How rising conflict is contributing to the worst hunger crisis in decades

In 2023, thirty-three children are born into hunger every minute, according to a recent Save the Children study. 

The combination of conflict, economic instability and climate shocks has created the worst global food crisis in decades. 

Hunger not only devours children’s dreams, but it also threatens their survival. Without enough food or the right nutrition, children can’t learn, play, or grow. They should be exploring with their friends or expanding their minds in class. Instead, too many are worrying about where their next meal will come from.  

How does conflict cause hunger?  

Damaged infrastructure, livelihoods and displacement leave millions facing food shortages in conflict, while in some of the worst cases, starvation is used as a method of warfare. 

A rising tide of conflict – from Ukraine to Mali to Gaza – is forcing families from their homes, destroying farmland and creating tens of millions of refugees who struggle to get the food they need. 

The recent escalation in hostilities witnessed in the occupied Palestinian territory (oPt) and Israel will push more families into food insecurity and put children’s health and wellbeing at severe risk. The latest data shows 1 in 3 people across occupied Palestine territory are facing severe levels of food insecurity.  

In the Democratic Republic of Congo, about 1.5 million newborns are projected to be born into the grips of hunger in the DRC – the highest number recorded for the country since he Food and Agriculture Organisation of the UN (FAO) records began in 2001. 

And Afghanistan is bracing for the highest number of children born into hunger in Asia among countries with vast levels of undernutrition – with roughly 440,000 children estimated to be born into hunger in 2023.   

Many children are surviving bombs and bullets, only to face the threat of hunger. 

What are we doing?  

Conflicts are often complex, but feeding children isn’t.  

Save the Children works in 116 countries. This means that with the help of local partners, we can deliver lifesaving nutrition programming and long-term livelihood support on a truly global scale. We have the knowledge, network and staff to stop hunger in its tracks, but you have the power to make it happen.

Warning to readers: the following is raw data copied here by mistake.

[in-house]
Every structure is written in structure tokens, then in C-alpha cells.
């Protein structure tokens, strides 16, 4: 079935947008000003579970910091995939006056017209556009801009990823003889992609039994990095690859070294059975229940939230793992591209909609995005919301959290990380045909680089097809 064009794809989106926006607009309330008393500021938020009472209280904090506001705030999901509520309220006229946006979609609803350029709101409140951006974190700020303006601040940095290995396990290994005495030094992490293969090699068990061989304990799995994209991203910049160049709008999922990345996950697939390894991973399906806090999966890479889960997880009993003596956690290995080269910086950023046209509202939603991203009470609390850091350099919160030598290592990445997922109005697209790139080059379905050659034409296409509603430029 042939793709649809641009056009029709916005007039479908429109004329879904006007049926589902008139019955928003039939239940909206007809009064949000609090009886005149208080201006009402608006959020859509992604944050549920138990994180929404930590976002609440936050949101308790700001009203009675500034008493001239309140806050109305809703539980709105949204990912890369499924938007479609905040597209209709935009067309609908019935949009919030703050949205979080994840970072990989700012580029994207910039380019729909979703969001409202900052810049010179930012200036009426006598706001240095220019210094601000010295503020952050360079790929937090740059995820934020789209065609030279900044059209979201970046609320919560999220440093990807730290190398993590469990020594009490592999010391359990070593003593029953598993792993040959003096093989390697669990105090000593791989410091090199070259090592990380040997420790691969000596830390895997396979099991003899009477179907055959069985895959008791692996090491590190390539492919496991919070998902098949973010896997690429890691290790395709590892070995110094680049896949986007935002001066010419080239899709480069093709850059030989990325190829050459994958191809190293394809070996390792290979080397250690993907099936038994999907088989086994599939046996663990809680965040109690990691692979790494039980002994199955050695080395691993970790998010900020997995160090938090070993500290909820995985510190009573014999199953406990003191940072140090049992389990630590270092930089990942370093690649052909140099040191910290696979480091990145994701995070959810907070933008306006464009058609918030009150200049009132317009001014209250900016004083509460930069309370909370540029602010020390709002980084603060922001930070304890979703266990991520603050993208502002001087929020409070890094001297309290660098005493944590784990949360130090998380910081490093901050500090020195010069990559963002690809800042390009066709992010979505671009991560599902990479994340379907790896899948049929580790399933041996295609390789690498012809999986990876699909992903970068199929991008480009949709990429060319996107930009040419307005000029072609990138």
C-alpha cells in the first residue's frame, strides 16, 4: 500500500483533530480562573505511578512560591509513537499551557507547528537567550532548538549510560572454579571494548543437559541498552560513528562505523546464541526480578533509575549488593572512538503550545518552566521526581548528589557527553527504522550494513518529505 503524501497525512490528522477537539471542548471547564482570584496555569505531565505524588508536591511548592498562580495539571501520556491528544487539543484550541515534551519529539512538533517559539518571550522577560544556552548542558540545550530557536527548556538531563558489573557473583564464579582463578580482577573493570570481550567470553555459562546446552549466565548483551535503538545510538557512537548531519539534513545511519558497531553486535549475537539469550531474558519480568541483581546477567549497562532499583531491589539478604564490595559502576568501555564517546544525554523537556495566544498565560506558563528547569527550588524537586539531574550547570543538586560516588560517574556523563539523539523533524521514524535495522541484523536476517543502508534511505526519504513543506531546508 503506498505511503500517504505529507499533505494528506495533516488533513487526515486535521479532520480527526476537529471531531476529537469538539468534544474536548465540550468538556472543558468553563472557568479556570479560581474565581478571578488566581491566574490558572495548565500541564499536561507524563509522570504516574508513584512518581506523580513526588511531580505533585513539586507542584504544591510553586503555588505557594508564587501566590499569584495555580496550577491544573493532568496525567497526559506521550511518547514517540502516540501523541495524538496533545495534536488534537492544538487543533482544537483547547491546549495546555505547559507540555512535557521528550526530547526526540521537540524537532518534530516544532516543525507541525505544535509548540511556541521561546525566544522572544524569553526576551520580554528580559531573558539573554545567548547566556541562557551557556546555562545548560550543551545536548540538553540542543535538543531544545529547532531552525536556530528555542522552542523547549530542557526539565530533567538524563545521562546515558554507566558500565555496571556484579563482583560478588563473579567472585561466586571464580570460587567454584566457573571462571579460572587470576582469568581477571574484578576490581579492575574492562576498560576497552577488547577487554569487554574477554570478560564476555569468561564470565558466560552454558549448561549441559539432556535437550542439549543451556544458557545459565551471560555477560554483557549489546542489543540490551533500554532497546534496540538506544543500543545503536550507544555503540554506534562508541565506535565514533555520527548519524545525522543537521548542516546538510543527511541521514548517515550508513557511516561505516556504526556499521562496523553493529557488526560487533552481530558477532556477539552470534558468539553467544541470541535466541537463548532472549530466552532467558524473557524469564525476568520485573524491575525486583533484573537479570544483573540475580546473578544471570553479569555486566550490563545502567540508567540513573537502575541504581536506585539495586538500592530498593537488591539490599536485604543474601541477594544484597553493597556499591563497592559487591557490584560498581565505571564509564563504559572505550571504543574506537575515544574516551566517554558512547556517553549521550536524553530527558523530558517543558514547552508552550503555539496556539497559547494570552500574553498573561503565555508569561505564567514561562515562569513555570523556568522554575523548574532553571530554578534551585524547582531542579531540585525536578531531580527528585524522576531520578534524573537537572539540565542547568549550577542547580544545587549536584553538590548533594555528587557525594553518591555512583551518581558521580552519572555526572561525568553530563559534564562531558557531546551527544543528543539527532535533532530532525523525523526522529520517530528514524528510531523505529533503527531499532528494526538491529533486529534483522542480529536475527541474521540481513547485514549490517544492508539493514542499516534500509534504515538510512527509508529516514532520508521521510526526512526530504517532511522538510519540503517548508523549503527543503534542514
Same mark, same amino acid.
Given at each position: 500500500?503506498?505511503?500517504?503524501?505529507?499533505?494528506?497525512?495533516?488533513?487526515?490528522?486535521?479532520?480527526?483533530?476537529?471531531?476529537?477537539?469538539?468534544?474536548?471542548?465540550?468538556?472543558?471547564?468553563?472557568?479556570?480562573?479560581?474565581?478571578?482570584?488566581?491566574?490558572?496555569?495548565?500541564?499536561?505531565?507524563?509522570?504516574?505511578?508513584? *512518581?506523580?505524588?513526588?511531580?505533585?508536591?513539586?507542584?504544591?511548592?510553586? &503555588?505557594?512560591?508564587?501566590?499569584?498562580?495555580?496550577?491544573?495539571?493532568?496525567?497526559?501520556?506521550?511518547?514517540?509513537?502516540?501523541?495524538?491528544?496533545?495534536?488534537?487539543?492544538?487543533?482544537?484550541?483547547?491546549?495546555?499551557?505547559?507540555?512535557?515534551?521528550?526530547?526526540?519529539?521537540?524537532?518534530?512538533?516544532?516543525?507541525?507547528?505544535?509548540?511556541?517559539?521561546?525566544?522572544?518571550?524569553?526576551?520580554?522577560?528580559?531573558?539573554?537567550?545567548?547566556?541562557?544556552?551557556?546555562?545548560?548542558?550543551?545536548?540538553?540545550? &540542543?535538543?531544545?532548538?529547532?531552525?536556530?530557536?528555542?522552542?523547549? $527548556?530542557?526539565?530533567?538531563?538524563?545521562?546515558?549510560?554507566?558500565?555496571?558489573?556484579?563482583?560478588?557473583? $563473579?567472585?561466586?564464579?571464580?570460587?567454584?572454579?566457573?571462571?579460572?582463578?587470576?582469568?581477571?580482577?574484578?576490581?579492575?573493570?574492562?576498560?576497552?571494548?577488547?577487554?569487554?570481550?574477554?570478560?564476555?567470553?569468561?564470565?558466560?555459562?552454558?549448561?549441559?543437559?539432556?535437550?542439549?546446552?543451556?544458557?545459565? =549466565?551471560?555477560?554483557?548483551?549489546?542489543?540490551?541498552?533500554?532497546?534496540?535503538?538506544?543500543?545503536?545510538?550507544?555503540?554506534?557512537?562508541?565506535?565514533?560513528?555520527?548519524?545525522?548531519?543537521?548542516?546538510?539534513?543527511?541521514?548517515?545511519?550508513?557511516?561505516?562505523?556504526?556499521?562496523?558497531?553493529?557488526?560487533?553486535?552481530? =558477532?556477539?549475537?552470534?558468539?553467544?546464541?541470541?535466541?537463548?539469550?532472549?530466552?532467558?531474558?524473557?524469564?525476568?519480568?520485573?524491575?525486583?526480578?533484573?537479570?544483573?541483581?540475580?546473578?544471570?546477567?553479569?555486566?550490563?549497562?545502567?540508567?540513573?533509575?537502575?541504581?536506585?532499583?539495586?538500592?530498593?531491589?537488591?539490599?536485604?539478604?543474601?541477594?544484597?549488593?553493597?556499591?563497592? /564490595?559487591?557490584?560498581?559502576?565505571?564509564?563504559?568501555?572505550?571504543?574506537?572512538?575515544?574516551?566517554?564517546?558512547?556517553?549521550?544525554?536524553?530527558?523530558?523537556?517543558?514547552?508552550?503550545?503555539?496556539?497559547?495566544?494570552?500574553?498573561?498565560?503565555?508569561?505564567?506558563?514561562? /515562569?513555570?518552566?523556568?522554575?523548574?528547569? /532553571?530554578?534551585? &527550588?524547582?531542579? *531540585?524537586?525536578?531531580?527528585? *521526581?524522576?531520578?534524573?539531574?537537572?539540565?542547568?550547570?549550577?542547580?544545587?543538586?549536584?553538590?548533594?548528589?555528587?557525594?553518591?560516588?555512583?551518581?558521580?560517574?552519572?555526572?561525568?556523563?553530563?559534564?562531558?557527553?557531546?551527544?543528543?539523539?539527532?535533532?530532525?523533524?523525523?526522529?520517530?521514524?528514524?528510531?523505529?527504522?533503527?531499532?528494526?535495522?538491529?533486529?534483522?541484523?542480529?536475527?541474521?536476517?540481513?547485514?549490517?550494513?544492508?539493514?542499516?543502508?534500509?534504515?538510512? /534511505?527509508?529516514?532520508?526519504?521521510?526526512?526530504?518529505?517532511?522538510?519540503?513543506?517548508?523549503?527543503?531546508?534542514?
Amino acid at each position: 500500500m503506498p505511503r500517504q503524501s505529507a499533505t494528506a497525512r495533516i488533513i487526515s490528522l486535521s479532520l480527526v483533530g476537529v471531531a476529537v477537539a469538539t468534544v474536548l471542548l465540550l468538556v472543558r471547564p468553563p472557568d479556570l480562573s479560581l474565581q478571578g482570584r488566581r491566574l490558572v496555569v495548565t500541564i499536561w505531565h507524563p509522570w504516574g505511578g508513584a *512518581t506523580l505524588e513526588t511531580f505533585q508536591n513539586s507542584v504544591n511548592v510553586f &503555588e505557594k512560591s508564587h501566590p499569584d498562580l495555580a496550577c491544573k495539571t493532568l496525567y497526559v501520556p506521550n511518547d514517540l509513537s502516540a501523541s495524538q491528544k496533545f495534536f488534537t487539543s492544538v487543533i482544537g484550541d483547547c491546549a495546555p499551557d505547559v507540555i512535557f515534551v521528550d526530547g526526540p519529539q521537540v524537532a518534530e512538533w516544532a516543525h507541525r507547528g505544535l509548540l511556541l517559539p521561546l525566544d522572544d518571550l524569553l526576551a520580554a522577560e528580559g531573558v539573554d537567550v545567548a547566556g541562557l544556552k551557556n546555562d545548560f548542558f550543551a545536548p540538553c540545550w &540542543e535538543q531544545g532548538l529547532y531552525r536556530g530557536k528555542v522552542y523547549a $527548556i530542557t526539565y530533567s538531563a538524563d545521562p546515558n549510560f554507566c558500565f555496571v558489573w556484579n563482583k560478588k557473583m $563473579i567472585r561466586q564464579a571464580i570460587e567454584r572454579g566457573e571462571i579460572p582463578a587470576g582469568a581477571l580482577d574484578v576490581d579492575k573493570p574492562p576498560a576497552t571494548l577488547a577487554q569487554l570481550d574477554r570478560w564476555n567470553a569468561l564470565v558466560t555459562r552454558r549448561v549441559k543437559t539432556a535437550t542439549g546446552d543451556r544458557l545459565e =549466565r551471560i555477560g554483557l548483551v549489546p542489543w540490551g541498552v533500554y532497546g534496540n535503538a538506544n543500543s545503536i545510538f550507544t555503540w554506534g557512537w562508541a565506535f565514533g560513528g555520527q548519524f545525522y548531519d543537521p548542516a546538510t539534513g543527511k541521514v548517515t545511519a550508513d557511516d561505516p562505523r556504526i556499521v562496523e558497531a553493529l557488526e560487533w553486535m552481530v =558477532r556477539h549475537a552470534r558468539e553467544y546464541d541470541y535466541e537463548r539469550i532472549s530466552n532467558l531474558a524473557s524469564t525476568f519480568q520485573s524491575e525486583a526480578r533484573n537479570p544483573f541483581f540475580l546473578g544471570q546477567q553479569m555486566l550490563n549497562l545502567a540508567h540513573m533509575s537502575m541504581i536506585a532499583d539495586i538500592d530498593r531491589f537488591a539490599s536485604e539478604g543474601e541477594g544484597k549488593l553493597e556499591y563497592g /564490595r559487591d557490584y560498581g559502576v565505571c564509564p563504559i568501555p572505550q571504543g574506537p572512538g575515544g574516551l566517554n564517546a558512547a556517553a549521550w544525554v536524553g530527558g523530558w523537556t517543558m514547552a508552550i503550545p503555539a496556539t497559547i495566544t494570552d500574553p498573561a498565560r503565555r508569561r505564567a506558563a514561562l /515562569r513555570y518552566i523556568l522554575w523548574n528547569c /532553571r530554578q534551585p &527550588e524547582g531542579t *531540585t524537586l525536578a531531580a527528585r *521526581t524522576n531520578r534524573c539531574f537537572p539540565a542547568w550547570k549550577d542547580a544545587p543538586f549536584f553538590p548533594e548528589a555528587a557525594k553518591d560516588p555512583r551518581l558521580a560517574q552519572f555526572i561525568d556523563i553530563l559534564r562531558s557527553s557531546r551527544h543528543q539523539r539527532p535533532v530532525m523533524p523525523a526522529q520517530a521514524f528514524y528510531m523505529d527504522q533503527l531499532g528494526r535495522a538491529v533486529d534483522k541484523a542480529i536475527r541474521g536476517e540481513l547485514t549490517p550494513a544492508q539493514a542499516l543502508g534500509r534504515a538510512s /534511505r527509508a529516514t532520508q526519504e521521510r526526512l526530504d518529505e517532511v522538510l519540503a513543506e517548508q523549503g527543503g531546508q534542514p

Jok, 12, and his best friend Kuol, 10, walking through their village in Akobo West, South Sudan.

We have four key steps when it comes to addressing food security:  

Step 1: Save the Children completes a food security analysis to forecast food availability and predict the impact of climate, economic or conflict shocks like El Niño or the conflict in Gaza.   

Step 2: Anticipatory Action means we work with local communities to identify risks and then mitigate them. This reduces the impact, reduces the cost and most importantly, saves lives.  

Step 3: When hunger strikes, we are there to screen children for malnutrition, treat them with therapeutic nut pastes, provide medicines and medical care when cases have become complex, complete follow-up assessments for six months, give families food kits and provide families with cash so they can access food and other essential items.  

Step 4: We go beyond food. We believe in long-term, sustainable solutions to food insecurity. To do this we combine local knowledge of pastoralism, agriculture and the local economy, with our expertise in health, nutrition, forecasting and anticipatory action to provide sustainable solutions to food security and hunger.  

All the time

We are working with local communities, international, national and local organisations and governments to stamp out inequality and food insecurity through our policy and advocacy work. 

Huge progress has been made in the past to reduce global hunger. And even with the recent declines that began in 2019, we strongly believe these goals can be achieved again.  

That is why we must not address the hunger crisis as an independent issue but work to tackle its root causes, including climate crisis and global inequality as well as building more resilient health, nutrition and social protection systems.